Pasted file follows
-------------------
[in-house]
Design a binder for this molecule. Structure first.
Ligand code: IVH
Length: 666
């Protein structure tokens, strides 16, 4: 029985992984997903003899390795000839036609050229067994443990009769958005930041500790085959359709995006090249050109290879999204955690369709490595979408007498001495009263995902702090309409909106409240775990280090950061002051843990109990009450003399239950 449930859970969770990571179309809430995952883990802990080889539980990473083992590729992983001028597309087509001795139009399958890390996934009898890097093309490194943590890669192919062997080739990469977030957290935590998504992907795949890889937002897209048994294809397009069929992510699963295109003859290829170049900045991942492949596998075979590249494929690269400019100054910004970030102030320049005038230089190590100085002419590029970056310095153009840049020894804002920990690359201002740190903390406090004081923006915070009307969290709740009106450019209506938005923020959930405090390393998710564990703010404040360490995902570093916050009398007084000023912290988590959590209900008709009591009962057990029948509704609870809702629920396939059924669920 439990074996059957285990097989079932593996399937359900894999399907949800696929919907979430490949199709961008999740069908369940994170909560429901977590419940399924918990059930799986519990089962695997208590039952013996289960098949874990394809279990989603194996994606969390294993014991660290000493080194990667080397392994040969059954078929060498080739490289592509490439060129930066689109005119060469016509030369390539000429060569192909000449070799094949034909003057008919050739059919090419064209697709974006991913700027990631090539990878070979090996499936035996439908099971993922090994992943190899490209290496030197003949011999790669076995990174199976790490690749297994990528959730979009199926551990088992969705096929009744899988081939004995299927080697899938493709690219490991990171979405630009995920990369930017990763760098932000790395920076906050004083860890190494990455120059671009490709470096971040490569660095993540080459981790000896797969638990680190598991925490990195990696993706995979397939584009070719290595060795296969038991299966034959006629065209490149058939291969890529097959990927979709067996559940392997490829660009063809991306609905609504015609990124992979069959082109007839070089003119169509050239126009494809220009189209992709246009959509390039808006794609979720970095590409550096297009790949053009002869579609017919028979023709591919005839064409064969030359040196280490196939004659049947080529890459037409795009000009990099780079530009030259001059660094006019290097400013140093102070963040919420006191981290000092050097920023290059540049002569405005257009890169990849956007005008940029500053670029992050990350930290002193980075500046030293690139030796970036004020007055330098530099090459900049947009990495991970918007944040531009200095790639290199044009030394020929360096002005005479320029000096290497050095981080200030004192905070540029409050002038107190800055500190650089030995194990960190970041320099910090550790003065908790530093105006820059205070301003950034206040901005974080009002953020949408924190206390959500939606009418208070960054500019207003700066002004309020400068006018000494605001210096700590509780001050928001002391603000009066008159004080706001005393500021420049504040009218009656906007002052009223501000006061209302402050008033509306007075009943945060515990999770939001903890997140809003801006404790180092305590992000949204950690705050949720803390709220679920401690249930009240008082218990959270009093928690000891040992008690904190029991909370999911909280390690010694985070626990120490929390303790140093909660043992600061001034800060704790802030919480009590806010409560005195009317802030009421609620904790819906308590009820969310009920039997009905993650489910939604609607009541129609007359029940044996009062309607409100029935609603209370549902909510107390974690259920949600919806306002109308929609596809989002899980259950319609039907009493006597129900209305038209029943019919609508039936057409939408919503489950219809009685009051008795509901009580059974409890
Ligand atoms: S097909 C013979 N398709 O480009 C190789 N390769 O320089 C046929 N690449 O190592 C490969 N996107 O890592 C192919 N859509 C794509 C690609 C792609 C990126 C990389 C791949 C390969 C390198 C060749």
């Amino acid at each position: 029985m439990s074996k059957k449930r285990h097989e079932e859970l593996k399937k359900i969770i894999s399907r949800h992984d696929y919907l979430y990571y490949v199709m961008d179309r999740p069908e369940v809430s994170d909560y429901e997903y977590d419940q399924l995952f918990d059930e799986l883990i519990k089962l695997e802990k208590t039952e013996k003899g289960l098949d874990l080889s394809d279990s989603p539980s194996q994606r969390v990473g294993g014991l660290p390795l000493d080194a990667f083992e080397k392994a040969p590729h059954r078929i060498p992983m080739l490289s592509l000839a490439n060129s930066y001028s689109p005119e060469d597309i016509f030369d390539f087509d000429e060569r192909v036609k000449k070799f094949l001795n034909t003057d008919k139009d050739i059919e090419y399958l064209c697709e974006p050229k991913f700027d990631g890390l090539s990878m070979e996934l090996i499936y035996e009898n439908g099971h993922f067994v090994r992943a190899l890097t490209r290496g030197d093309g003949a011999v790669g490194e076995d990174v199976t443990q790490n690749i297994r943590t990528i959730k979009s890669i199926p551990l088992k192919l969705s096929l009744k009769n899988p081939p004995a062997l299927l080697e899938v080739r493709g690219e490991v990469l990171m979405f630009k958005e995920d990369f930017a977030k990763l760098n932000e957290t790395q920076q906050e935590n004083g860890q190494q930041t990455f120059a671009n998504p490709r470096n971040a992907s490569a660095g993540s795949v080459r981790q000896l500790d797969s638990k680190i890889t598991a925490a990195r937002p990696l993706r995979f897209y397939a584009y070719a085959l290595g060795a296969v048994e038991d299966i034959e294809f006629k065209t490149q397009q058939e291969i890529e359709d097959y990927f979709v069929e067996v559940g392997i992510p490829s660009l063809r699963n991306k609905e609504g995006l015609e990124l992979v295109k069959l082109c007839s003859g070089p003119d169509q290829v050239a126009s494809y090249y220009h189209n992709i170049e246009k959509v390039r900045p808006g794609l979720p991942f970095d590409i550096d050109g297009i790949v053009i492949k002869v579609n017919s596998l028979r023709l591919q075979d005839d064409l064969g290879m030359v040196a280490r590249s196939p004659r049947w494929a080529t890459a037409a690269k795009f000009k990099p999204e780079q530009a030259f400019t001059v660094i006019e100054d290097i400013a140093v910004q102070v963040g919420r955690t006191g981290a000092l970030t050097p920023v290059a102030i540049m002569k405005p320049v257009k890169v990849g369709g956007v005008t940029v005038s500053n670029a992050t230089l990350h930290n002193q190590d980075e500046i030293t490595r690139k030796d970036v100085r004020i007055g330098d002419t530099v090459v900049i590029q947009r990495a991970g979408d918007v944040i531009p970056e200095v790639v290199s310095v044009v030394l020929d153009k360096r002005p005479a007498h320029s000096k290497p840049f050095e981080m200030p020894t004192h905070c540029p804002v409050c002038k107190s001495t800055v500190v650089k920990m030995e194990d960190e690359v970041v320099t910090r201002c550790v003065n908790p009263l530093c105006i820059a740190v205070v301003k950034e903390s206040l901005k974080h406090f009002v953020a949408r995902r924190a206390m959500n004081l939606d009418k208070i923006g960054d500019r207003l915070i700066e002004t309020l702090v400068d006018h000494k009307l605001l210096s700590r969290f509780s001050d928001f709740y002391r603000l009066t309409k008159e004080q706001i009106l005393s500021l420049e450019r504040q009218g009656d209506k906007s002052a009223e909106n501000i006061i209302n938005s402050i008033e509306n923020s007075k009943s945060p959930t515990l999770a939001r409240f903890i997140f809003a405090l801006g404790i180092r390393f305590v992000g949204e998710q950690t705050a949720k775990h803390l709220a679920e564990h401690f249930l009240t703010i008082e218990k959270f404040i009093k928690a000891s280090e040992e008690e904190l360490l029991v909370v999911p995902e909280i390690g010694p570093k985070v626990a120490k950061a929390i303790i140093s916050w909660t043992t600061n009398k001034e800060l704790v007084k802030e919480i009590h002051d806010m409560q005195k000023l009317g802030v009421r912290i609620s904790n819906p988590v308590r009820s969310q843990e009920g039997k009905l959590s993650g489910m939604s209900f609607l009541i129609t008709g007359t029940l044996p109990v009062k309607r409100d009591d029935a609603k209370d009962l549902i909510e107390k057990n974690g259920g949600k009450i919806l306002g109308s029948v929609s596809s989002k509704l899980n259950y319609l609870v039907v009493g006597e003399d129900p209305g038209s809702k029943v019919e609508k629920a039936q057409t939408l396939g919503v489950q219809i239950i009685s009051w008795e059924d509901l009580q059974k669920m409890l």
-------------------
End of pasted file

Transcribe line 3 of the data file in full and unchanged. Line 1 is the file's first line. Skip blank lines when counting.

Ligand code: IVH